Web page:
In the pre-season period, professional (fitness) coaches will assess their athletes fitness and movement abilities, before devising a relevant training programme. Speed, strength, endurance and peak & mean power are standard measurements to be taken, preferably in a high performance laboratory setting. Checking for musculoskeletal imbalances is also important, and in this regard an orthopaedic examination from a sports MD should be the route of choice. If not, a physiotherapist or athletic therapist can perform a functional movement screen (FMS) which can provide useful information to the coach. However, the FMS should be interpreted with caution as it does not predict athletic performance. Nor does it specify the difference between biomechanical & neural inputs into movement control. On the other hand, strength training is taken for granted as being key in improving athletic performance. So we were happy when we came across a study that looked at the relationship between FMS and 1RM squat to a number of athletic performance indicators.
A recent study in the Journal of Strength & Conditioning Research examined the relationship between FMS or 1RM squat to athletic performance. 25 collegiate athletes were tested for FMS and 1RM squat, while a series of fitness tests were performed subsequently: 10m sprint, 20m sprint, vertical jump and agility T-test. Pearson correlation coefficient analysis was applied to see if there was any relationship between either FMS or squat on test performance.
The results showed that the FMS had no relationship to 10m sprint time (r = -0.136) or 20m sprint time (r = -.107), did not correlate to leg power in the vertical jump (r = 0.249) nor did it relate to agility (r = -0.146). In contrast, 1RM squat was significantly correlated to 10m sprint time (r = -0.812) and 20m sprint time (r = -0.872), and also significantly correlated to vertical jump (r = 0.869) and agility t-test (r = -0.758).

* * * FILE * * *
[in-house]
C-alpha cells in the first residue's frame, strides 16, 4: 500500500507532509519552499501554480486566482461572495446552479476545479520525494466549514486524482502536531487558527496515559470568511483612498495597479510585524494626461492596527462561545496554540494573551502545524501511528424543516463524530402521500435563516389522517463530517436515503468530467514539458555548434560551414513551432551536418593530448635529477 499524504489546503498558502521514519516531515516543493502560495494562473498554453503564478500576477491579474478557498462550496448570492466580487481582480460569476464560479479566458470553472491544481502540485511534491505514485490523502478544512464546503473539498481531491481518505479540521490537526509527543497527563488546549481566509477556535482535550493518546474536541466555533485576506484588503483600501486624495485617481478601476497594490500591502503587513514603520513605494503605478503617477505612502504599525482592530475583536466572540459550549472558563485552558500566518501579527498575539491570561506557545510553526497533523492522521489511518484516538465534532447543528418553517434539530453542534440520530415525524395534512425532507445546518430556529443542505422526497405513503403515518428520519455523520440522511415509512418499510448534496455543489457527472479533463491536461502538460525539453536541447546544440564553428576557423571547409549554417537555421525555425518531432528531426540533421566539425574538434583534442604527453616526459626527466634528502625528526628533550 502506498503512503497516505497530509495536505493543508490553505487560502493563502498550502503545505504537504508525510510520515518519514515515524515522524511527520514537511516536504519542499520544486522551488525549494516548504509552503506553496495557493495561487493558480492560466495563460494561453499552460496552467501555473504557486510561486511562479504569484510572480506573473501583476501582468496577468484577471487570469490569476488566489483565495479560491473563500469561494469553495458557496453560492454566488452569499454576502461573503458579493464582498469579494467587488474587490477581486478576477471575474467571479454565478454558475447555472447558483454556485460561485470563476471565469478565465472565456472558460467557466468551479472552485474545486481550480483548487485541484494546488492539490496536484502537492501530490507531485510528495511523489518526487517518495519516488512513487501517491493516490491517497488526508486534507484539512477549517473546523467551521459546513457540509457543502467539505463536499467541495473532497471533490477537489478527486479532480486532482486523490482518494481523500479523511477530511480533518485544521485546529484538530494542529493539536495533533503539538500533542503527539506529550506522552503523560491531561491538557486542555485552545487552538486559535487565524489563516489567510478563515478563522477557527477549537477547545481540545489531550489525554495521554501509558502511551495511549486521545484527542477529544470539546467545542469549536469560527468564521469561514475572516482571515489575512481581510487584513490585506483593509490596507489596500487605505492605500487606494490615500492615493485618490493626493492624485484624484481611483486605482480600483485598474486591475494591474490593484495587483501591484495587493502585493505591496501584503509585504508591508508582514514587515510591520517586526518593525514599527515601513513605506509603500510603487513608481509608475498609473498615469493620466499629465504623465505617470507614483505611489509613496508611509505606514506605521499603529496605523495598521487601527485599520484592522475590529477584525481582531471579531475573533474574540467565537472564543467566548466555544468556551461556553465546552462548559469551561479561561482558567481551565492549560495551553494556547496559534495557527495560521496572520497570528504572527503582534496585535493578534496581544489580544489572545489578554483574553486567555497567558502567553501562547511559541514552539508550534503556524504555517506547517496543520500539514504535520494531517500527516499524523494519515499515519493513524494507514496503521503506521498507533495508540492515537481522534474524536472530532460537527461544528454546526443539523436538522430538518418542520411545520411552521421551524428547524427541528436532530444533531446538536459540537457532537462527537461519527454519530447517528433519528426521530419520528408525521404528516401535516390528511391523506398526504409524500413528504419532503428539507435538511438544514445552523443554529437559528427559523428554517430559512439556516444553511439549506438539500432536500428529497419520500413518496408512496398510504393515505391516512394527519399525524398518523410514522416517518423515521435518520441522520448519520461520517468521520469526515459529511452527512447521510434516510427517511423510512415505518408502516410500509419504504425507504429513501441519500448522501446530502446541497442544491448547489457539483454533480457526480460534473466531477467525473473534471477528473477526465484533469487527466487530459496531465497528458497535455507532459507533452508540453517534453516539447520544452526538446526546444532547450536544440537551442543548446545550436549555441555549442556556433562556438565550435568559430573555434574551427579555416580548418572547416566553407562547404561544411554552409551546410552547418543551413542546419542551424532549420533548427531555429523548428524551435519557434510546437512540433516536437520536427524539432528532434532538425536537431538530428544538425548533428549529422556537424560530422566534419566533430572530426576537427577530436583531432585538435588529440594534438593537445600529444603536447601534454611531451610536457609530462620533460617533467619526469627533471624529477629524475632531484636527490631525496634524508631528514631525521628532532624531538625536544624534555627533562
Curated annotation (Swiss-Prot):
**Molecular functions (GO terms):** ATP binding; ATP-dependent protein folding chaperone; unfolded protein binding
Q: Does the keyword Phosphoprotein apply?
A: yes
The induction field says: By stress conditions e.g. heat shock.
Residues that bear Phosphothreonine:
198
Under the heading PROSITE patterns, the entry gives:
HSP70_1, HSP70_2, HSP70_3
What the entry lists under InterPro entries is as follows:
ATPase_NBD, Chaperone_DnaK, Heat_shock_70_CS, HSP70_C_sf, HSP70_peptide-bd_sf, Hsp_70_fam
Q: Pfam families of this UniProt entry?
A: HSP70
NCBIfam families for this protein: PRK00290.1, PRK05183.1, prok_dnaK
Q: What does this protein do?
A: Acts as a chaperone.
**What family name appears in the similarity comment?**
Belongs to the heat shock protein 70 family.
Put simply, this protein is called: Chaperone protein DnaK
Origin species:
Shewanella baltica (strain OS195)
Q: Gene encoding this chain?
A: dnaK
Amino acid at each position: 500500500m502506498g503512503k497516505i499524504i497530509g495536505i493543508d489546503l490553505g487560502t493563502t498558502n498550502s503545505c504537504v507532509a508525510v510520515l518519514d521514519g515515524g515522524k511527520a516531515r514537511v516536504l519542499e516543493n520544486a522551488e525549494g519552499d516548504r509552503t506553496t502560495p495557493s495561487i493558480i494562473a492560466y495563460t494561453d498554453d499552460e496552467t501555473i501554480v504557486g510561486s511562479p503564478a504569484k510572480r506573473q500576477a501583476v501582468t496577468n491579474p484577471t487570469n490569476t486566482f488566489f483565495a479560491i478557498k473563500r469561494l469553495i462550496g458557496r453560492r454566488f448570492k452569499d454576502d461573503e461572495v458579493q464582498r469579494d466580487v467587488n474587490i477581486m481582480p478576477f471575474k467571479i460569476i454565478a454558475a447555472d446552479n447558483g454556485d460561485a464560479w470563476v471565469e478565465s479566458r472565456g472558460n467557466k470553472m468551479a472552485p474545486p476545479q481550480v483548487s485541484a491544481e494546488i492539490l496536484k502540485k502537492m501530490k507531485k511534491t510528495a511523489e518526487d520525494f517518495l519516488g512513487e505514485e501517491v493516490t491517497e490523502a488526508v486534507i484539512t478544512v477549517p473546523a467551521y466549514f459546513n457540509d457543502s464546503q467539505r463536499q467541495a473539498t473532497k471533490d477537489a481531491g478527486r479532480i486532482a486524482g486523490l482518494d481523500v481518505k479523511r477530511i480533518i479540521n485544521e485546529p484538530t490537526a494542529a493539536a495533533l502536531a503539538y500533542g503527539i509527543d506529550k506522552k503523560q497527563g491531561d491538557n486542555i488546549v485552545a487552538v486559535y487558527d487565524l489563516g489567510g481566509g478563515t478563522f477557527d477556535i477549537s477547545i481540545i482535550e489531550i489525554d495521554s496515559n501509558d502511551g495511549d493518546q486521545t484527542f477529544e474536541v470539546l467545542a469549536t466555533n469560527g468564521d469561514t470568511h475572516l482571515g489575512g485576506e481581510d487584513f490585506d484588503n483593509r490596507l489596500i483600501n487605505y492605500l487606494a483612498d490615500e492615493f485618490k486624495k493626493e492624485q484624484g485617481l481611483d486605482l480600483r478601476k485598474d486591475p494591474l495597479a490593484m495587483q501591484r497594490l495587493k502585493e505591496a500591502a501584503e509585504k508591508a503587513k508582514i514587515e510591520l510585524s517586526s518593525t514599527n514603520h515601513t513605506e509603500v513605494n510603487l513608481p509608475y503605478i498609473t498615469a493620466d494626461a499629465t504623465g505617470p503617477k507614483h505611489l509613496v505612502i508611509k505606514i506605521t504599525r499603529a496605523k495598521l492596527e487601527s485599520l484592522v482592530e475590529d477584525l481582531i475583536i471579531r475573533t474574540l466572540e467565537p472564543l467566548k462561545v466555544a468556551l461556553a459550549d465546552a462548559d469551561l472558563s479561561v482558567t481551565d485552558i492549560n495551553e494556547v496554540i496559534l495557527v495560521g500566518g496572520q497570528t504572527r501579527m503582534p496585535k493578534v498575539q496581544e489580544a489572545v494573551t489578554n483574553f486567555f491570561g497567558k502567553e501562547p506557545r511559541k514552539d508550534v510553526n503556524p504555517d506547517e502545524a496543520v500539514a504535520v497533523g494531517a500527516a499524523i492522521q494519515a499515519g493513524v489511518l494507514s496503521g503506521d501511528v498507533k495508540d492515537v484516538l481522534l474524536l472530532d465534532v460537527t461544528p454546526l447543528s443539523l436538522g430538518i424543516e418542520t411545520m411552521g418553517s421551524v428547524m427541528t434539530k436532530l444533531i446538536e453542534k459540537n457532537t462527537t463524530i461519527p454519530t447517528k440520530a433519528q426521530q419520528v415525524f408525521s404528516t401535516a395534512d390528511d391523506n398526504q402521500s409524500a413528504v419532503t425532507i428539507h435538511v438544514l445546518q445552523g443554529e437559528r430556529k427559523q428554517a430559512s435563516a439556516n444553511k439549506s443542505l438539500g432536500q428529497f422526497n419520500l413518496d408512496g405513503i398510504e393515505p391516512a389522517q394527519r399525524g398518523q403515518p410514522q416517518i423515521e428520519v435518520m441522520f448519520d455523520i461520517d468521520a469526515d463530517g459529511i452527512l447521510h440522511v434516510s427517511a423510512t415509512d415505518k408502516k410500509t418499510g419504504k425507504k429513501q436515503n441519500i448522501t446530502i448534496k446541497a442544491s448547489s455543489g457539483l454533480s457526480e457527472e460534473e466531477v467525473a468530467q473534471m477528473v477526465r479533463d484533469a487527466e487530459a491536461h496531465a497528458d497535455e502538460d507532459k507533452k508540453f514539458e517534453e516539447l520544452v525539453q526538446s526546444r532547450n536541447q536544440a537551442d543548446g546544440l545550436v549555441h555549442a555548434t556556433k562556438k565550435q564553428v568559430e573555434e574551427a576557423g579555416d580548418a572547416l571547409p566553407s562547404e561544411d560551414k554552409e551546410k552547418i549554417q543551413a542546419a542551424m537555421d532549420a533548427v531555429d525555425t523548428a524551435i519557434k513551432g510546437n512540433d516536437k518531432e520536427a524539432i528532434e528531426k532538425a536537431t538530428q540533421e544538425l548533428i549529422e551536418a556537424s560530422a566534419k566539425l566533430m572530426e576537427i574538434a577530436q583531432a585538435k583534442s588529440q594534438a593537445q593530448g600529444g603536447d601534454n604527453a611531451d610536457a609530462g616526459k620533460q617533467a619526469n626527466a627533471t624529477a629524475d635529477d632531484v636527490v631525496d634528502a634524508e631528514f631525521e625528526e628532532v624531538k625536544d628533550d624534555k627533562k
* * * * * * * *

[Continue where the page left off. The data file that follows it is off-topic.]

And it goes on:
If you look closely at the numbers, they reveal interesting findings. While the squat is positively associated with leg power i.e. higher squat value indicates higher leg power value, the squat is negatively correlated with speed & agility i.e. the higher your 1RM value, the less speed and agility you will demonstrate, and vice versa. So the take home message from this study for athletes is that they don’t need a heavy squat to be fast or agile. However, squat training in the 15 rep range will maintain speed-strength, and similarly if working in the 4-6 rep range, we have shown in our last post linked here that reps 4-6 is where speed & power are lost.
The FMS is a useful tool, but a coach needs to be very cautious in how it’s interpreted. It can point out muscular or joint imbalances which is a good starting point, however whether those imbalances are neural or biomechanical is impossible to tell from the FMS. In the pre-season phase, a good physiotherapist will evaluate BOTH neural and biomechanical movement and from there decide how to proceed with the rehabilitation process. Whether the findings/problems in the FMS are neural or biomechanical has implications for the subsequent treatment, and this is where the athlete and/or coach can easily get lost. It goes without saying, that any muscular imbalance can limit movement efficiency and therefore expert opinion should be sought, best practise is to consult a qualified physiotherapist or sports MD. Finally, while we like the FMS for its ability to point out basic movement limitations, it does not predict athletic performance and as such it should be eliminated from specific fitness assessment.